“The thought is father to the deed.”
—Sigmund Freud, 20th Century Austrian founder of psychoanalysis
Image from wisdomtoinspire.com
Sigmund Freud, who lived between 1856 and 1939, was the founder of psychoanalysis, a method used for treating mental illness, and a theory which explains human behavior.
Among his various contributions, he developed a topographical model of the mind. He proposed that the mind was analogous to an iceberg, with the conscious, subconscious, and unconscious minds representing different levels of awareness.
I suggest a bit of editing in today’s quote. Consider replacing the word “father” with “mother,” or at least adding it, given what is required for the conception and eventual birth of an idea, a person, and of course, their deeds.
How can you examine and explore your thinking on all levels to more fully conceive and give birth to your most meaningful and inspired actions, to better your world?
“When the heart is afire, some sparks will fly out of the mouth.”
—Thomas Fuller, 15th Century British historian
Image from Unsplash by Jamie Street
Today’s quote is about leadership. Take a moment to consider the sparks flying out of people’s mouths these days. Gun control, global warming, nuclear proliferation, politics, and the economy are just a few of the hotly debated subjects.
What topics have your heart afire? To what degree do you share your own thoughts and opinions on those topics with others?
Where is the status quo unacceptable in your personal or professional worlds? Where can and will you play a greater leadership role and let a few more sparks fly out of your mouth, sharing your heartfelt beliefs?
“As soon as you trust yourself, you will know how to live.”
—Johann Wolfgang von Goethe, 19th Century German Writer & Statesman
Image from wordandspiritministries
What is it to live a good life?
How does one measure a life well lived?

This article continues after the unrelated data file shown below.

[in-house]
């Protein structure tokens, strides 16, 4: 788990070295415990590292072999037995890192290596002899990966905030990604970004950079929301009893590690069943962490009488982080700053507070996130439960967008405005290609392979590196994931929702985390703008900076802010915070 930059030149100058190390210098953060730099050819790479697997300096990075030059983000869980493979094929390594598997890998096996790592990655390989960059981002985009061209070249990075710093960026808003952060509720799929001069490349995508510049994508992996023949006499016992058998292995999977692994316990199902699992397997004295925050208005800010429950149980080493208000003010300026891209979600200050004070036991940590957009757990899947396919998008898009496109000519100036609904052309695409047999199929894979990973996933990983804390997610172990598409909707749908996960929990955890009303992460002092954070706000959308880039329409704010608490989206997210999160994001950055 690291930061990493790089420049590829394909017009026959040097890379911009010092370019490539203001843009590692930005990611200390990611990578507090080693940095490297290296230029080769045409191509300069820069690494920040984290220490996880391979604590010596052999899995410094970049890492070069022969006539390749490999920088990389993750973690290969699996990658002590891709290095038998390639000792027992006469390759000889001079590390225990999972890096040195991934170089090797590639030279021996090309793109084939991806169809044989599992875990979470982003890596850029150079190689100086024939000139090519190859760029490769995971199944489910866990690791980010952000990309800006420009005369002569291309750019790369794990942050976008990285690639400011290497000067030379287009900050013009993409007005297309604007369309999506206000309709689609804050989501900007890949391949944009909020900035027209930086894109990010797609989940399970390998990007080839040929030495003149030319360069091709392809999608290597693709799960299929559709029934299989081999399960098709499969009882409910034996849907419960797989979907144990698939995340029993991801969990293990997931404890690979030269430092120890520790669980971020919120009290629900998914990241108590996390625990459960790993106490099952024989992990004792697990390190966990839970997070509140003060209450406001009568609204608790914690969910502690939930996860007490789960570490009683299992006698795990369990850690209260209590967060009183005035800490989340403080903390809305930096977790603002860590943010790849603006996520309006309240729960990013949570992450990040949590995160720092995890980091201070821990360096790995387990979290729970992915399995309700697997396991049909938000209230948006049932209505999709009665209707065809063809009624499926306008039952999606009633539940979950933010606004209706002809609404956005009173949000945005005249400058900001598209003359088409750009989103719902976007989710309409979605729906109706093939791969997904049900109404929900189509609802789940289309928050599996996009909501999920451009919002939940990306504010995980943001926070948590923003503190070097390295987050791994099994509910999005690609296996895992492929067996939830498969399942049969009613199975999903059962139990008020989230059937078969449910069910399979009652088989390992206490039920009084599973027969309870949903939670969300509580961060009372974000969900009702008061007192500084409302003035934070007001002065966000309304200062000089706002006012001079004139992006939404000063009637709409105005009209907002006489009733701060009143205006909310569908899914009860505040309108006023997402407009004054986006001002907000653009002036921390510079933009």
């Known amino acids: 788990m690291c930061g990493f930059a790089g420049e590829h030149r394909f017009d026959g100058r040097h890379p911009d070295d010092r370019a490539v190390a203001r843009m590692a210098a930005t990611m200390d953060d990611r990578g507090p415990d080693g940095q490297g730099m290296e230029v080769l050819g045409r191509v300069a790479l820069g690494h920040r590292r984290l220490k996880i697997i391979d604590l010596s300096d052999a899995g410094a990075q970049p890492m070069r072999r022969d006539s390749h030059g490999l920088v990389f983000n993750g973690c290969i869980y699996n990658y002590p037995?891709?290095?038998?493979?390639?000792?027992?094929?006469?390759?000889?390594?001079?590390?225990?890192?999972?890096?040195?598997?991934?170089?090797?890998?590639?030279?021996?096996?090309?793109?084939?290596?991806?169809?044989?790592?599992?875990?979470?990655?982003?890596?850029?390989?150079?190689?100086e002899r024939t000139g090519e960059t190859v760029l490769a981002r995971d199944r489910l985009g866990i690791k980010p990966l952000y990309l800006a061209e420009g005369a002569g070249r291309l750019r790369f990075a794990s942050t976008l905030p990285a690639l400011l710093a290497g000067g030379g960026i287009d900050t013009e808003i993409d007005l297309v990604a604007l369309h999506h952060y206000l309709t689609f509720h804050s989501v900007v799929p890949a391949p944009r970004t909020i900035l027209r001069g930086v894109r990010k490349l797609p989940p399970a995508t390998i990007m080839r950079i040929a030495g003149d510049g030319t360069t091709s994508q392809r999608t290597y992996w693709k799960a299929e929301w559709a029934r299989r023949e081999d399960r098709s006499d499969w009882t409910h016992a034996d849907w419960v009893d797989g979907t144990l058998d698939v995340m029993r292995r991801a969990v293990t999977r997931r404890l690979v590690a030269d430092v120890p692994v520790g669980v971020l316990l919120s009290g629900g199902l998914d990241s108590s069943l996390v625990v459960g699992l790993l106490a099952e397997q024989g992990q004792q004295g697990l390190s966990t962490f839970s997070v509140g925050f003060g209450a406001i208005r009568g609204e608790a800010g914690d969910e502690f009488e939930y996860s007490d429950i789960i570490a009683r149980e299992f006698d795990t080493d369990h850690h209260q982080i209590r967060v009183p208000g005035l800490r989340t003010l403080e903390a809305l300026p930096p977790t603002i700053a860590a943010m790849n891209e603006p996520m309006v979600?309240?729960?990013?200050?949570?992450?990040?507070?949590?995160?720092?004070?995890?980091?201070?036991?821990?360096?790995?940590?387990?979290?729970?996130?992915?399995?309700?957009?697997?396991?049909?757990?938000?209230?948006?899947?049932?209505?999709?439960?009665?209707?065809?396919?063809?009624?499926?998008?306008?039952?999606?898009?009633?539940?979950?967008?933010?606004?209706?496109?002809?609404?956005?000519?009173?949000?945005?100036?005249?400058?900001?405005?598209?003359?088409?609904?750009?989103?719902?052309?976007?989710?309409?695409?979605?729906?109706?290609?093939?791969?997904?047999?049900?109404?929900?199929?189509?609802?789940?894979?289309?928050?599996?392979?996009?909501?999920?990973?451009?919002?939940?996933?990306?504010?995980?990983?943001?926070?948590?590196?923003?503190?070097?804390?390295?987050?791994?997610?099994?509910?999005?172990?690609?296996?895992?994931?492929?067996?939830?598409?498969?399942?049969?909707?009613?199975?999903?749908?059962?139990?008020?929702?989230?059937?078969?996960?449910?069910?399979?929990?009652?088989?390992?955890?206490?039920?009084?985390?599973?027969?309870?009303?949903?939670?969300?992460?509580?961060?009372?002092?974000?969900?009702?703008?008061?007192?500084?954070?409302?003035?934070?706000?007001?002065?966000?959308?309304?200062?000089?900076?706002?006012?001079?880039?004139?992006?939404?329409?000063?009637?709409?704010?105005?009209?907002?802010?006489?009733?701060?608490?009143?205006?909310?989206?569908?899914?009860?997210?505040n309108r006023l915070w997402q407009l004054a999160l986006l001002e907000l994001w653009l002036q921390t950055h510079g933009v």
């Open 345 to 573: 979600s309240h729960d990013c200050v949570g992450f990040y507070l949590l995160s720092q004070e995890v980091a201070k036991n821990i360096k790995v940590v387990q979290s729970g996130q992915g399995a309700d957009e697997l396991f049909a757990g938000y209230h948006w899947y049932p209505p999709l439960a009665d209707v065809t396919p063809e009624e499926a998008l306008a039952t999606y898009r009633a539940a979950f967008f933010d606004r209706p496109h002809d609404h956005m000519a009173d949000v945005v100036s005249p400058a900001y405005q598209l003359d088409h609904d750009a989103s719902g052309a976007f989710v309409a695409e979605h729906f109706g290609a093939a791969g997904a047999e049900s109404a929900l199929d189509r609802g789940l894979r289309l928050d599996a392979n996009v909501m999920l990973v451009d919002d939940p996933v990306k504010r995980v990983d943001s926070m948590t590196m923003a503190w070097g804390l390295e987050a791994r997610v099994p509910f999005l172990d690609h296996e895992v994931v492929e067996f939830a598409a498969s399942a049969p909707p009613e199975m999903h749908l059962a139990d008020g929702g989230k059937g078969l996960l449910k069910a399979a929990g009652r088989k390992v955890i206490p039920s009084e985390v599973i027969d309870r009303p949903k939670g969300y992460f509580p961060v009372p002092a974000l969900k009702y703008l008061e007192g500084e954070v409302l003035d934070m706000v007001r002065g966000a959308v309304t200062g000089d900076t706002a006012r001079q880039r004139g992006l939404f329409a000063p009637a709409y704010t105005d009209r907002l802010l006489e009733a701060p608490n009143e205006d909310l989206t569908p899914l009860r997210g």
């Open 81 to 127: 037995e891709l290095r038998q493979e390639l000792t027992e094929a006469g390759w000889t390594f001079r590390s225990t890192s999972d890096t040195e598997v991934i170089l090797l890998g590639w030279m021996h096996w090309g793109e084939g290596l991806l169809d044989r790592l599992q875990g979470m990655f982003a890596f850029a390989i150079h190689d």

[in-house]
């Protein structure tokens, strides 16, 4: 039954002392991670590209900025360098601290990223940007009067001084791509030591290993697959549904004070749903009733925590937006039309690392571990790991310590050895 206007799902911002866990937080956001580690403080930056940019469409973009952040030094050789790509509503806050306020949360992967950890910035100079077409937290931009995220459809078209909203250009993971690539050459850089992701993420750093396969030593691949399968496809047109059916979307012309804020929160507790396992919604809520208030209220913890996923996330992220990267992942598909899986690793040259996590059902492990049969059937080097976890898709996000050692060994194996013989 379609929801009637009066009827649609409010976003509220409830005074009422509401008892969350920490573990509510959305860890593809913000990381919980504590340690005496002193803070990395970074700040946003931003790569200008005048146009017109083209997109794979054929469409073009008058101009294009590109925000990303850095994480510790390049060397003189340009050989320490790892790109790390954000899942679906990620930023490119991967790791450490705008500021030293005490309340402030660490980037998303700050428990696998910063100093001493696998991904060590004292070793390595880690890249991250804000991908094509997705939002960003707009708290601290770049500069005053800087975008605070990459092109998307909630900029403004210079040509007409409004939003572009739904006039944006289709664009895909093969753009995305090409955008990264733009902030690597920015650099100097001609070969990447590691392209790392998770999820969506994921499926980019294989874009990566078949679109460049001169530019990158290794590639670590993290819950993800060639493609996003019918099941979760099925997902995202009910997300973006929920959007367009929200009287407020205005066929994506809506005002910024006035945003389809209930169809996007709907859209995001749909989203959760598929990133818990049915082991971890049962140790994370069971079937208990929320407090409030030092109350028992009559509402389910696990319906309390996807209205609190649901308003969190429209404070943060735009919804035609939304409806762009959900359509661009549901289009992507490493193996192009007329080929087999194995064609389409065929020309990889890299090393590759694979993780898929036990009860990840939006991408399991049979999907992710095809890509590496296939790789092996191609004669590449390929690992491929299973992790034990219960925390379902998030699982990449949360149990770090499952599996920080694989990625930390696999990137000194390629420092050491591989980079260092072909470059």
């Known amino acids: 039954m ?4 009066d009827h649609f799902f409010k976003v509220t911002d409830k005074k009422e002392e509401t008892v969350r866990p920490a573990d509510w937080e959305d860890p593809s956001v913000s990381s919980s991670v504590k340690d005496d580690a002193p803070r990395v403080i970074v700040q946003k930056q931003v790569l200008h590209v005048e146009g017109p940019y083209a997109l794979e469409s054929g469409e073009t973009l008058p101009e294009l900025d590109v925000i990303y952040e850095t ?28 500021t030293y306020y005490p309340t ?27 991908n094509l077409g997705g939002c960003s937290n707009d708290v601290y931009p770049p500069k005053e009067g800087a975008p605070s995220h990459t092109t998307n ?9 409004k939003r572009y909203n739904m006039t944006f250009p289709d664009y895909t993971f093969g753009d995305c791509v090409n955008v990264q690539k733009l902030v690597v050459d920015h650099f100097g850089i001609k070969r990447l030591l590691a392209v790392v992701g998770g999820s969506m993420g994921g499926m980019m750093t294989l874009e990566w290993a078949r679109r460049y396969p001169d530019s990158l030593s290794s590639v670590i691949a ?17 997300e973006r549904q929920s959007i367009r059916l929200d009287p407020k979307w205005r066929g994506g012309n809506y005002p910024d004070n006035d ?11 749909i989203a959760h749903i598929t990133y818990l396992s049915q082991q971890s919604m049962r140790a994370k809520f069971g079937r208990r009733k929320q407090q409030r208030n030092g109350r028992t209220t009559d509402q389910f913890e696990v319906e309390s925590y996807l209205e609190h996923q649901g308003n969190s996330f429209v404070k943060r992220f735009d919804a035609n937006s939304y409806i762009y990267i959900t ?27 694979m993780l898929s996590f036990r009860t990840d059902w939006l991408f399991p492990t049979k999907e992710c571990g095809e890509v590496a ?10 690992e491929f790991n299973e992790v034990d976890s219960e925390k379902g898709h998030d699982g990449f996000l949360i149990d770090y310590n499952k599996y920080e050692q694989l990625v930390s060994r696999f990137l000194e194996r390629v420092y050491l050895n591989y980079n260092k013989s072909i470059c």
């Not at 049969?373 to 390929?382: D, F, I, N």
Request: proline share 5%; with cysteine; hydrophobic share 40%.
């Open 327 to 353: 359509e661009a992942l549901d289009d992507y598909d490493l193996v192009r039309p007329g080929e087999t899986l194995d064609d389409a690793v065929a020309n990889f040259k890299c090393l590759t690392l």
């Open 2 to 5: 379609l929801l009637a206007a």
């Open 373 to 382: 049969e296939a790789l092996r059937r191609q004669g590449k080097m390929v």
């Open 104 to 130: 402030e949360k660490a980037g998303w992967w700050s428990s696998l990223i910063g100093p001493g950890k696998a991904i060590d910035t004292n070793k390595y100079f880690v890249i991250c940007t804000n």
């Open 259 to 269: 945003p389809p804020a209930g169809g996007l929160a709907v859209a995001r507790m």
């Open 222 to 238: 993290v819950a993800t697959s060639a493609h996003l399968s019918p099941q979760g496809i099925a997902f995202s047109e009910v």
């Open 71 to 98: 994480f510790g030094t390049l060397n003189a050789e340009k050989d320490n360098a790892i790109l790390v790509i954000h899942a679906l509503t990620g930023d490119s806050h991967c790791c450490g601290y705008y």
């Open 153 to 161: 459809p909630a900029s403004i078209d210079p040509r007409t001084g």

What intrinsic and extrinsic factors are your gyroscopic guides on this great adventure?
Many people are giving more thought to this, particularly as they look in the mirror and see the aging process in effect, or pine on what they were once able to do years earlier.
Many experts, happiness gurus, and people who live “in the moment” encourage all of us to explore our emotions and feelings in order to tap into these trustworthy cornerstones of how to live.
Where and how can you more fully tap into your thoughts, emotions, and feelings to assure yourself that you are indeed on the right life path?
“Nurture your mind with great thoughts, for you will never go any higher than you think.”
—Benjamin Disraeli, British Statesman
Image from Twitter @HighestThinking
How often do you eat junk food? How often do manufactured foods with excessive sugar, fat, or mystery ingredients find their way through your lips?
When you do, what are the results on your physical, mental, and emotional vitality and well being?
How many junk messages enter your mind from news, social media, books, or even the people with whom you associate? What impact do these factors have on your abilities to better yourself?
How can you make more efforts to ingest and digest more nurturing ideas and thoughts, to take your life higher?
How can you reduce or stop detrimental thoughts and influences that hold you back in order to make room for empowering and uplifting ideas?
“We are sitting under the tree of our thinking minds, wondering why we’re not getting any sunshine!”
—Ram Dass, American Spiritual Leader
Image from Flickr by Kat Northern Lights Man
On a hot, sunny day we all enjoy being in the shade, perhaps with a frosty beverage. It’s cooler, and just more comfortable.
Our own thinking often plays the role of a shade tree in that we are literally blocking out new, more creative or innovative input, which might enlighten us.
If, for some reason, you feel stalled, stuck or plateaued in your growth and development, take a hard look at how often and how much you are sitting under your limited thinking canopy.
How can you let in more bright ideas and alternative perspectives by welcoming the light of other people’s input, personally or professionally?
“Our words are our thoughts with wings. We open our mouths, our minds fly out.”